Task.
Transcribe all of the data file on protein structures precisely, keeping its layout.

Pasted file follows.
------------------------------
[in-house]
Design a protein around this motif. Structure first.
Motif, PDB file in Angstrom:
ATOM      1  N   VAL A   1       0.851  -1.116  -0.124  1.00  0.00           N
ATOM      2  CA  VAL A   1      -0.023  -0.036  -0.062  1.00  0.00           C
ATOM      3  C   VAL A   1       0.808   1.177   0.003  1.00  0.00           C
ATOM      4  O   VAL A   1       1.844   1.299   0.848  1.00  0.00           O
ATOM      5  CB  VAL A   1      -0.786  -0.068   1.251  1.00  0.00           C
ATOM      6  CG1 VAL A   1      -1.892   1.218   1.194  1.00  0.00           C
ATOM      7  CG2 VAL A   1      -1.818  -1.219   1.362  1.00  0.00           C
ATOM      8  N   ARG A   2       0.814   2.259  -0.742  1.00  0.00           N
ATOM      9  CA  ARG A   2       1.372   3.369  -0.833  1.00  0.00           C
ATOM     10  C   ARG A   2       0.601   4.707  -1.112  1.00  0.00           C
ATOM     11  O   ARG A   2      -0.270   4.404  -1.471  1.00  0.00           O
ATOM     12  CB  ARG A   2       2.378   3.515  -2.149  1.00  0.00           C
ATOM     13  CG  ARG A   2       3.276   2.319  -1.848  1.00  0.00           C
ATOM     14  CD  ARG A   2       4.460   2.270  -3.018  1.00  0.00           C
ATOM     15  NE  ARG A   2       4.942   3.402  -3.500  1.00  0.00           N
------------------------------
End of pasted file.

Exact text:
[in-house]
Design a protein around this motif. Structure first.
Motif, PDB file in Angstrom:
ATOM      1  N   VAL A   1       0.851  -1.116  -0.124  1.00  0.00           N
ATOM      2  CA  VAL A   1      -0.023  -0.036  -0.062  1.00  0.00           C
ATOM      3  C   VAL A   1       0.808   1.177   0.003  1.00  0.00           C
ATOM      4  O   VAL A   1       1.844   1.299   0.848  1.00  0.00           O
ATOM      5  CB  VAL A   1      -0.786  -0.068   1.251  1.00  0.00           C
ATOM      6  CG1 VAL A   1      -1.892   1.218   1.194  1.00  0.00           C
ATOM      7  CG2 VAL A   1      -1.818  -1.219   1.362  1.00  0.00           C
ATOM      8  N   ARG A   2       0.814   2.259  -0.742  1.00  0.00           N
ATOM      9  CA  ARG A   2       1.372   3.369  -0.833  1.00  0.00           C
ATOM     10  C   ARG A   2       0.601   4.707  -1.112  1.00  0.00           C
ATOM     11  O   ARG A   2      -0.270   4.404  -1.471  1.00  0.00           O
ATOM     12  CB  ARG A   2       2.378   3.515  -2.149  1.00  0.00           C
ATOM     13  CG  ARG A   2       3.276   2.319  -1.848  1.00  0.00           C
ATOM     14  CD  ARG A   2       4.460   2.270  -3.018  1.00  0.00           C
ATOM     15  NE  ARG A   2       4.942   3.402  -3.500  1.00  0.00           N